What does a truly democratic experience of political action look like today? In this provocative new work, Adriana Cavarero weighs in on contemporary debates about the relationship between democracy, happiness, and dissent. Drawing on Arendt's understanding of politics as a participatory experience, but also discussing texts by Émile Zola, Elias Canetti, Boris Pasternak, and Roland Barthes, along with engaging Judith Butler, Cavarero proposes a new view of democracy, based not on violence, but rather on the spontaneous experience of a plurality of bodies coming together in public. Expanding on the themes explored in previous works, Cavarero offers a timely intervention into current thinking about the nature of democracy, suggesting that its emergence thrives on the nonviolent creativity of a widespread, participatory, and relational power that is shared horizontally rather than vertically. From digital democracy to selfies to contemporary protest movements, Cavarero argues that we need to rethink our focus on individual happiness and turn toward rediscovering the joyful emotions of birth through plural interaction. Yes, let us be happy, she urges, but let us do so publicly, politically, together.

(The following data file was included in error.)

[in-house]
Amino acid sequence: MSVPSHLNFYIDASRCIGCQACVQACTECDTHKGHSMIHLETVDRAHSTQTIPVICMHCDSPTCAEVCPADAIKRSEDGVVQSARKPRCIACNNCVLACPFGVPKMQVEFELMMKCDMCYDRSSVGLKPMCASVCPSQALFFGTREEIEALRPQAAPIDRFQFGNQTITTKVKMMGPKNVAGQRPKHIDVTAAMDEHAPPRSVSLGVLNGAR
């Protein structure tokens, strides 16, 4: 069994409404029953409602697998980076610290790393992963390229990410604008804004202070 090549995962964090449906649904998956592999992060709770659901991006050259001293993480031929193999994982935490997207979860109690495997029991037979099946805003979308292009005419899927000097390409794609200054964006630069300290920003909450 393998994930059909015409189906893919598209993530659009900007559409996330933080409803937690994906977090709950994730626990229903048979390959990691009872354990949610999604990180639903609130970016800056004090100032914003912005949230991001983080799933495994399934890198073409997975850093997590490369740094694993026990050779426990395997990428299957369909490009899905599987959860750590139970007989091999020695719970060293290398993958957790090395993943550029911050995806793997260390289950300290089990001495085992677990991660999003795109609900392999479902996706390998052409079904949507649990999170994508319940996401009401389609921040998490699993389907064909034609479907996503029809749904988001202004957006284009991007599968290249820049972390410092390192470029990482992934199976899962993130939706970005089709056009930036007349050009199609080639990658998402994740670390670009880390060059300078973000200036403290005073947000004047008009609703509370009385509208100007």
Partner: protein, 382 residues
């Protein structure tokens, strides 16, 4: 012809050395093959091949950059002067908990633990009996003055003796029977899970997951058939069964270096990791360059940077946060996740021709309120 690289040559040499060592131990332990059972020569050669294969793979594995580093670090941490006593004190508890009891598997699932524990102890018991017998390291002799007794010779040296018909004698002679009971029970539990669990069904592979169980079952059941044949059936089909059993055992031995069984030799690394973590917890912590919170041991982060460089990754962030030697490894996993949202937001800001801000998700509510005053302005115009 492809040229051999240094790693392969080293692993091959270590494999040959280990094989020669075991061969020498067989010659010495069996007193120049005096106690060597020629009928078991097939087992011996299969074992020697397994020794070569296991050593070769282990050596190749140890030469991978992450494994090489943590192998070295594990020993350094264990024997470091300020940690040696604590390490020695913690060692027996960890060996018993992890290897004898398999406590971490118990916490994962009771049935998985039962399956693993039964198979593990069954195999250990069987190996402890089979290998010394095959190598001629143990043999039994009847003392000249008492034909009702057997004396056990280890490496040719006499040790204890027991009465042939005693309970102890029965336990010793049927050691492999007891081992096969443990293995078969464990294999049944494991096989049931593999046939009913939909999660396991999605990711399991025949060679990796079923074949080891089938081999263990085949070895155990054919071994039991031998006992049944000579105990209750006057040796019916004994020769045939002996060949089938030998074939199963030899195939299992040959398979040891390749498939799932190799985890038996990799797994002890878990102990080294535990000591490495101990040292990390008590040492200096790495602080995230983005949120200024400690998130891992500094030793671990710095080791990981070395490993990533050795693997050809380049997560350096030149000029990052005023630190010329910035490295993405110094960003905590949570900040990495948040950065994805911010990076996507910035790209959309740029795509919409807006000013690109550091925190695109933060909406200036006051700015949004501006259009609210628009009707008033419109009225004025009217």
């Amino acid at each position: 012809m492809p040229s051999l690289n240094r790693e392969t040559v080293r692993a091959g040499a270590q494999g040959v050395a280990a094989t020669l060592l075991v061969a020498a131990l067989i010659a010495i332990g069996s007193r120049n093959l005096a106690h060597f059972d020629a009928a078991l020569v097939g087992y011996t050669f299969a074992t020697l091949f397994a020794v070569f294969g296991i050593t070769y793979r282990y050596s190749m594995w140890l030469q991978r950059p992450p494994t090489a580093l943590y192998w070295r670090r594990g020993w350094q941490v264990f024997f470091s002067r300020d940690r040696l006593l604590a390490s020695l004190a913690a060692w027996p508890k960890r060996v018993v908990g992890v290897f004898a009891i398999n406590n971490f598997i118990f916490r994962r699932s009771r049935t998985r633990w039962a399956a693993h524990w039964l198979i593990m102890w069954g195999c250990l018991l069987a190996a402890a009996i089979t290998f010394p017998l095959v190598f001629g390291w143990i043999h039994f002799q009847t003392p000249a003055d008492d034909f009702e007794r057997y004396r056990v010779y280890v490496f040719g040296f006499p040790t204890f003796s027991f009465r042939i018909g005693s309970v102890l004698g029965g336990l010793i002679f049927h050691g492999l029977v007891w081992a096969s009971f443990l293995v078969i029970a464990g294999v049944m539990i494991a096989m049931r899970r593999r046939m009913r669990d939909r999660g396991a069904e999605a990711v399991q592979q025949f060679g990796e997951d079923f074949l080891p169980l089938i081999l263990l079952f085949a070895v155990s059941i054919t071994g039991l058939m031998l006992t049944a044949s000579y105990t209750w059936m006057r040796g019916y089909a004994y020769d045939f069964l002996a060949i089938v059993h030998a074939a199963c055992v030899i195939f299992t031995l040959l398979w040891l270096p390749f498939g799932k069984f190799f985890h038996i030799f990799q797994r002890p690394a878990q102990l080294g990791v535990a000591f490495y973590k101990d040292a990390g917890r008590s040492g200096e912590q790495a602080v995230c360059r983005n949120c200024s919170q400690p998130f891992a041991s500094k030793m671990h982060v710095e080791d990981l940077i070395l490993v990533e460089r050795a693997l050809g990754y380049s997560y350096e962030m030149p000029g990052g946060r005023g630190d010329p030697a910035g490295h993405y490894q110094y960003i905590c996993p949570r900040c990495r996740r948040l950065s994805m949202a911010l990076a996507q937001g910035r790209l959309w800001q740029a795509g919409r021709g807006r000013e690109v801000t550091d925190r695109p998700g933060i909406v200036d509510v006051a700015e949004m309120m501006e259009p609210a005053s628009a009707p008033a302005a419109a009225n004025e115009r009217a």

About the author
Adriana Cavarero is author of For More Than One Voice: Toward a Philosophy of Vocal Expression (Stanford, 2005) and Inclinations: A Critique of Rectitude (2016). Her other titles in English include Horrorism: Naming Contemporary Violence (Stanford, 2008), and Thou Shalt Not Kill: A Political and Theological Dialogue (2015).
"Adriana Cavarero's characteristically provocative new work is once again central to debates about the nature of democracy. As always, her writing is striking for its clarity and economy."
—Barbara Spackman, author of Fascist Virilities: Rhetoric, Ideology, and Social Fantasy in Italy
"Adriana Cavarero gives us an inspiring vision of what democracy might mean if we stay true to the Arendtian spirit of identifying a space where individualities can flourish in their togetherness—ultimately, a space of public happiness."
—Silvia Benso, author of Viva Voce: Conversations with Italian Philosophers